A new SAE effort, requested by the FAA, could help bridge the divide between that agency and equipment manufacturers (and their customers) over how to best demonstrate the safety of engine inlet barrier filters (IBFs) on helicopters.
The dispute over proposed FAA changes to certification practices for inlet barrier filters has stalled approval for most new installations of the devices for nearly a year. It has had a major impact on businesses of Aerometals and Donaldson Aerospace, two main IBF makers.
“Instead of the FAA coming up with a policy and then us having to fight against it, this is an opportunity for the FAA and industry to sit at the same table and hammer it out,” said Lorie Symon, executive director of El Dorado, California-based Aerometals. “It's no longer just the IBF manufacturers that are part of this. So it's really the rotorcraft industry coming together to figure this out.”
About two dozen individuals have answered SAE’s Jan. 9 call for subject matter experts to join two standing committees newly tasked with finding ways to verify that the installation of IBFs do not degrade the performance of helicopters or the engines for which they are installed. SAE’s liaison on the project, Aerospace Standards Engineer Laura Feix, told R&WI respondents include representatives of the major rotorcraft manufacturers and (to date) all but one helicopter engine maker, as well as the IBF companies and helicopter operators.
“We'll be meeting with people that build engines for a living, and people that actually fly the aircraft and probably have the best perspective on what's safe,” said Matt Fortuna, general manager of Global Aerospace & Defense at Donaldson. “The users, operators and equipment manufacturers will have a good perspective on what they need to be using on their aircraft.”
The international engineering standards organization plans a Feb. 15 online meeting of committee members to launch the work. A follow-up, face-to-face meeting is planned for the afternoon of March 9 during Heli-Expo in Dallas. The main panel charged with the work is the S-12 Helicopter Powerplant Committee; it is to receive input from the S-16 Turbine Engine Inlet Flow Distortion Committee.
Feix said the outcome of the committees’ work could be SAE-sanctioned recommended practices. The FAA can accept recommended practices as methods of compliance with its regulatory requirements.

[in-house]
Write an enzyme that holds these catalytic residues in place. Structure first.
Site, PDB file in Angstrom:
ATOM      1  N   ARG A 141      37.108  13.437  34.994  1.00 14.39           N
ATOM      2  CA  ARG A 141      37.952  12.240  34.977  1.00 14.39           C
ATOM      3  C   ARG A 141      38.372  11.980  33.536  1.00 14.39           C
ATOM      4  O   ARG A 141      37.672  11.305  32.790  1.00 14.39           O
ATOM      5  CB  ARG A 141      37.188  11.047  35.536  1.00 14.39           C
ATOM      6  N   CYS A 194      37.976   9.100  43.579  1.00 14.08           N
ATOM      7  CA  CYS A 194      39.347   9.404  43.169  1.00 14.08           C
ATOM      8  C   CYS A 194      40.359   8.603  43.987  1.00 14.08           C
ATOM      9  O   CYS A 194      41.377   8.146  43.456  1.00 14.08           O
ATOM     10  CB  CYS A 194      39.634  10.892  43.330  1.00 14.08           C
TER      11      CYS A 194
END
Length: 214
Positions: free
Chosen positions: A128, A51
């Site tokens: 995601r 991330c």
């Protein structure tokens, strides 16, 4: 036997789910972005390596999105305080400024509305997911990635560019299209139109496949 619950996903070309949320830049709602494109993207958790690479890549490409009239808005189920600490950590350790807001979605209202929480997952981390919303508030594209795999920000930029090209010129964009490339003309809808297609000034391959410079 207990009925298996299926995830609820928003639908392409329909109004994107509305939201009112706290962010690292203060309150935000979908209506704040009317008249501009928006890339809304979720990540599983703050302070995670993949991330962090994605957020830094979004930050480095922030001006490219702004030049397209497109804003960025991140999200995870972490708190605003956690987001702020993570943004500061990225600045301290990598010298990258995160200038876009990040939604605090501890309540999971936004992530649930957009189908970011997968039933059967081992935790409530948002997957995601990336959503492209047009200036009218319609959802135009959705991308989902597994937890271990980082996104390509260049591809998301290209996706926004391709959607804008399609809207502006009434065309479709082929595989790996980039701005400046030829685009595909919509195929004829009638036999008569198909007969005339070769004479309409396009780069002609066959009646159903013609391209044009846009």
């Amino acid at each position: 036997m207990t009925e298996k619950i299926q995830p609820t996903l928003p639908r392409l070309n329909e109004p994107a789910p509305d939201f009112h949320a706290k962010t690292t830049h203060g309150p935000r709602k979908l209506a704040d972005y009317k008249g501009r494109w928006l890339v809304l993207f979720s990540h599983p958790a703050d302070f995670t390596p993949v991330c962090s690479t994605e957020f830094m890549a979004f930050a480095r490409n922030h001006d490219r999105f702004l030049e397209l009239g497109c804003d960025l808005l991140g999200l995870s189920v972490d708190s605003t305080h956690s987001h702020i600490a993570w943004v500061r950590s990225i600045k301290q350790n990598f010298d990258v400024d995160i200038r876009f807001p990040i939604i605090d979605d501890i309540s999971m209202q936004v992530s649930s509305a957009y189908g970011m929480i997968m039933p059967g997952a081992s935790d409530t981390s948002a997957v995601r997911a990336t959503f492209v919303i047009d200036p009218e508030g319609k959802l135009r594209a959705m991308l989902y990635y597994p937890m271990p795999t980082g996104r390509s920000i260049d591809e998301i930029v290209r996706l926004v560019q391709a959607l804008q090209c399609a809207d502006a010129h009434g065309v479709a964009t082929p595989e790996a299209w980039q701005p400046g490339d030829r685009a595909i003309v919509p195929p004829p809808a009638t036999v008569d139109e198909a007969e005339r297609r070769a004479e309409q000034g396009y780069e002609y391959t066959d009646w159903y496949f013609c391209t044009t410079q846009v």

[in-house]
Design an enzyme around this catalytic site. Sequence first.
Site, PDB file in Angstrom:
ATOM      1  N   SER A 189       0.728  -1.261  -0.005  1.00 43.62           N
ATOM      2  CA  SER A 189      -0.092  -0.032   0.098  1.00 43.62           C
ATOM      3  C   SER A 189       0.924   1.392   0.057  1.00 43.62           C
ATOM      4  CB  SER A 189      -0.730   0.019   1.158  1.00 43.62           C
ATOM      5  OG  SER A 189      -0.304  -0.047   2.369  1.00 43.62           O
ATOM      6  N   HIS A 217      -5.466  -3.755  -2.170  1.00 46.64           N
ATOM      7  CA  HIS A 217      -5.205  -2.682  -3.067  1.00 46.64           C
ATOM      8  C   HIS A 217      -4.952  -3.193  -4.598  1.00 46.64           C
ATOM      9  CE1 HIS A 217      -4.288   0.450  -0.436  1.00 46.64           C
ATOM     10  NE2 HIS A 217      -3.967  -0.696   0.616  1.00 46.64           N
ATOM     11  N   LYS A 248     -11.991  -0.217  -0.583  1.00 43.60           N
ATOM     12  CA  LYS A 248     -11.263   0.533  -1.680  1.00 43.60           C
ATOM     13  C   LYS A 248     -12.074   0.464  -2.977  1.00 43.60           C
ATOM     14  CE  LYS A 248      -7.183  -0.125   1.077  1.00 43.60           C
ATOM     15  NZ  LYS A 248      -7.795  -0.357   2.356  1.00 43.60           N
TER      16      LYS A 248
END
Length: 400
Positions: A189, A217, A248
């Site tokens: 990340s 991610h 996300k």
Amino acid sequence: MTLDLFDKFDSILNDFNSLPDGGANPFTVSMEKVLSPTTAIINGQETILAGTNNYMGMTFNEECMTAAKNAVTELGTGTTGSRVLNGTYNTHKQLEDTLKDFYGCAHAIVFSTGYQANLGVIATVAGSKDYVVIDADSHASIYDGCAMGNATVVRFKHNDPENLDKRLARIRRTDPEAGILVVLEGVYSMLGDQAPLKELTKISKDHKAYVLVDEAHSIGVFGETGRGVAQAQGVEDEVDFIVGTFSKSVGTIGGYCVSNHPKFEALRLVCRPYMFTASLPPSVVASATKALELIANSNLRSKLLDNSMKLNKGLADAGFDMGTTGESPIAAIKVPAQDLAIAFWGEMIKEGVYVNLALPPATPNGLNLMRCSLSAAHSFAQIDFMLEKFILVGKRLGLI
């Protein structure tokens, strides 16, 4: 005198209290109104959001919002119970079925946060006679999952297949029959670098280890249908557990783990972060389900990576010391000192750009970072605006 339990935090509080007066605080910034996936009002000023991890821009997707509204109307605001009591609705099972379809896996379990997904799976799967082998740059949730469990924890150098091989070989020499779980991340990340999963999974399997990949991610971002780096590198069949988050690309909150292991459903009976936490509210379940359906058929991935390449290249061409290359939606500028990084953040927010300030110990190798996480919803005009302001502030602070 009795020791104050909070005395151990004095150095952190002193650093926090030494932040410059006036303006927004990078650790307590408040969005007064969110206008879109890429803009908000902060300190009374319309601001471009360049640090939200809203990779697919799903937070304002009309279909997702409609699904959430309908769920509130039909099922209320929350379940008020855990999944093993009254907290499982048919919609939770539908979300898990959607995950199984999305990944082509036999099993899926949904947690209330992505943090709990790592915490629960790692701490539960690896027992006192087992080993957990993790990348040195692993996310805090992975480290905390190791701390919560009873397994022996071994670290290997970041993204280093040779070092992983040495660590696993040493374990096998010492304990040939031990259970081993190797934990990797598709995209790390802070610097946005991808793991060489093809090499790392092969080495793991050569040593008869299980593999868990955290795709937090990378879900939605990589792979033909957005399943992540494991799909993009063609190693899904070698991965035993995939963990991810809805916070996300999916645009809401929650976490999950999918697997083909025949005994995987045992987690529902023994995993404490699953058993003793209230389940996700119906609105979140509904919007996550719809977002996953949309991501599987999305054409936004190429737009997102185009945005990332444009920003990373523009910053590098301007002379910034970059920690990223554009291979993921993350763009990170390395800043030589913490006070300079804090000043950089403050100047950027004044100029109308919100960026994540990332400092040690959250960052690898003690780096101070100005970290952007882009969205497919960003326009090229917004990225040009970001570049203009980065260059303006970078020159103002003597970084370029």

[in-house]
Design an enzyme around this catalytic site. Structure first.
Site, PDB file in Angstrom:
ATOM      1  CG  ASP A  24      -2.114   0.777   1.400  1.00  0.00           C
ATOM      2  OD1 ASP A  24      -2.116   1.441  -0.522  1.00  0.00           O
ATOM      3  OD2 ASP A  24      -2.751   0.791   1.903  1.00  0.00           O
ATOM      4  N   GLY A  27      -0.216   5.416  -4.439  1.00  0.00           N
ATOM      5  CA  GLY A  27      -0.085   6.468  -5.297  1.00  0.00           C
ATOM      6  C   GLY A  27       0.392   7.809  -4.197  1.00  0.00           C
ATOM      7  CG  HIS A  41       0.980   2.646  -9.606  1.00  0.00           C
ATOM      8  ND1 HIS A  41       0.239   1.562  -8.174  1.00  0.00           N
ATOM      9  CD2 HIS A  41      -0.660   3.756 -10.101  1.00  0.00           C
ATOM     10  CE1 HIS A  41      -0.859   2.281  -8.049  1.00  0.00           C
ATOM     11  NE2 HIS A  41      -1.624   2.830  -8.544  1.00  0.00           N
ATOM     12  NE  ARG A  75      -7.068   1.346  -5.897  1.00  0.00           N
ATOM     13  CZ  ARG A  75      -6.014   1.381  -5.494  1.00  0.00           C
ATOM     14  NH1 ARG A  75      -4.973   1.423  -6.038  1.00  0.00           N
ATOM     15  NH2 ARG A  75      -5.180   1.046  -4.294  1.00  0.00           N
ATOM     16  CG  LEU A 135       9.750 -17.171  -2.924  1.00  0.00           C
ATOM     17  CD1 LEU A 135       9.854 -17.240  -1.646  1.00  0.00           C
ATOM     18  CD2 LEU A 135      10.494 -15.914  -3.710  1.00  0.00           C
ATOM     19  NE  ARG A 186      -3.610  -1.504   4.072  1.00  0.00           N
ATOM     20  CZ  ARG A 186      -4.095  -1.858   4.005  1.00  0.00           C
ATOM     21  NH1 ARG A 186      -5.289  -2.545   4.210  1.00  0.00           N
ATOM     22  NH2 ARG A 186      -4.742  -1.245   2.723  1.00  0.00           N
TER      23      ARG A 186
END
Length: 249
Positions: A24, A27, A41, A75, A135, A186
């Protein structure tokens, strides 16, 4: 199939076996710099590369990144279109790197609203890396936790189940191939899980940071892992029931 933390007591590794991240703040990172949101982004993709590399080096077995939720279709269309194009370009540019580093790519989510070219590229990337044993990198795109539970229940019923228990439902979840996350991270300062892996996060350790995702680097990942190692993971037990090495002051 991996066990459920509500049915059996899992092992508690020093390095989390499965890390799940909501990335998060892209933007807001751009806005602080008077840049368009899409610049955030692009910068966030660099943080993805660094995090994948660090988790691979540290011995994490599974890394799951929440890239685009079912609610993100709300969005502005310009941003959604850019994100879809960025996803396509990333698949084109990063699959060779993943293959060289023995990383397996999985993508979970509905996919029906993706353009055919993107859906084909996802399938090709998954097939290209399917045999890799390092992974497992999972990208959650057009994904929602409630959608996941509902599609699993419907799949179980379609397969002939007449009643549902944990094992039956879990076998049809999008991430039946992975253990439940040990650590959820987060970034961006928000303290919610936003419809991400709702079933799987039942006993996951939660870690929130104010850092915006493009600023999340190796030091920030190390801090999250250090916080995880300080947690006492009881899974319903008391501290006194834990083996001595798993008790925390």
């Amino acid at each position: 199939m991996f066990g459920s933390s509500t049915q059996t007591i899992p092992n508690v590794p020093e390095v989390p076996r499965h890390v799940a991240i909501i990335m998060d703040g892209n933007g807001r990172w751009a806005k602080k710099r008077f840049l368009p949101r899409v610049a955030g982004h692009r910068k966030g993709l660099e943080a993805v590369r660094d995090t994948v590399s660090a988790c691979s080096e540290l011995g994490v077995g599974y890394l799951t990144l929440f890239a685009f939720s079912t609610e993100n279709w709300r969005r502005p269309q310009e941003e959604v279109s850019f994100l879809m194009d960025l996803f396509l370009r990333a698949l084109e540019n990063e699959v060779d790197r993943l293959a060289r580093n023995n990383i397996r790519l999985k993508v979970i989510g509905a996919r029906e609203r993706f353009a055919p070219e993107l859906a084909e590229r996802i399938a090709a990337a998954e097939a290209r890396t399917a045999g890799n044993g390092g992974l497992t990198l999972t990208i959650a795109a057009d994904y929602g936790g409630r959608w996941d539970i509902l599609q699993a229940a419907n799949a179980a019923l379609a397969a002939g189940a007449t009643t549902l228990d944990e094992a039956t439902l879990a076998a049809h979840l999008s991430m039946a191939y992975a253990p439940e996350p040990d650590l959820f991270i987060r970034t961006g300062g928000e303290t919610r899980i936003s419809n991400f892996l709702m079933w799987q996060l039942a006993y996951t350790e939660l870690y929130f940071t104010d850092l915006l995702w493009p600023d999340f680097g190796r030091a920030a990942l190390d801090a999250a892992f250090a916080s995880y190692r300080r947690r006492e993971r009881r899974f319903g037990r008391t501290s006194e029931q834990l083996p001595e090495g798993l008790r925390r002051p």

The FAA asked SAE to tackle the assignment after months of wrangling with IBF manufacturers Aerometals and Donaldson Aerospace over whether installation of the devices meet regulatory safety requirements. Specifically, the agency questioned whether the manufacturers had adequately demonstrated that installation of their products stayed within limits for engine inlet distortion and power available from a helicopter’s engines.
The dispute arose despite the fact that most helicopter IBFs have been installed under supplemental type certificates (STCs) issued by the FAA or other aviation authorities to verify the safety of the installations.
Citing the need to “ensure the safe and standardized installations of IBFs in rotorcraft,” the agency last February proposed a new policy statement on IBF installations and new regulatory guidance and compliance methods for obtaining supplemental type certificates for them.
The proposed changes led to an uproar at the FAA Town Hall during last year's Heli-Expo and a subsequent meeting near the agency’s Rotorcraft Directorate in Fort Worth, Texas, attended by 50 or so industry representatives. Many of those attendees echoed the comments of Aerometals and Donaldson executives that, after more than two decades of service with more than 7,000 units that have accumulated 20 million-plus flight hours in which no accident had been attributed to IBFs, the devices are demonstrably safe.
“There have been zero accidents,” said Aerometals President Rex Kamphefner at the time. “Where, I ask you, is the safety problem?”
FAA Rotorcraft Directorate Manager Lance Gant in September 2016 offered a suggestion that a new committee including IBF manufacturers and helicopter OEMs might develop alternatives to the agency’s proposed changes.
SAE’s Feix said it typically can take 18 to 24 months for new recommended practices to be developed, reviewed and approved through the organization's multi-layered voting process. But the engagement of SAE already may be smoothing the IBF debate. Aerometals’ Symon said that company now has IBF certification projects moving forward with the FAA.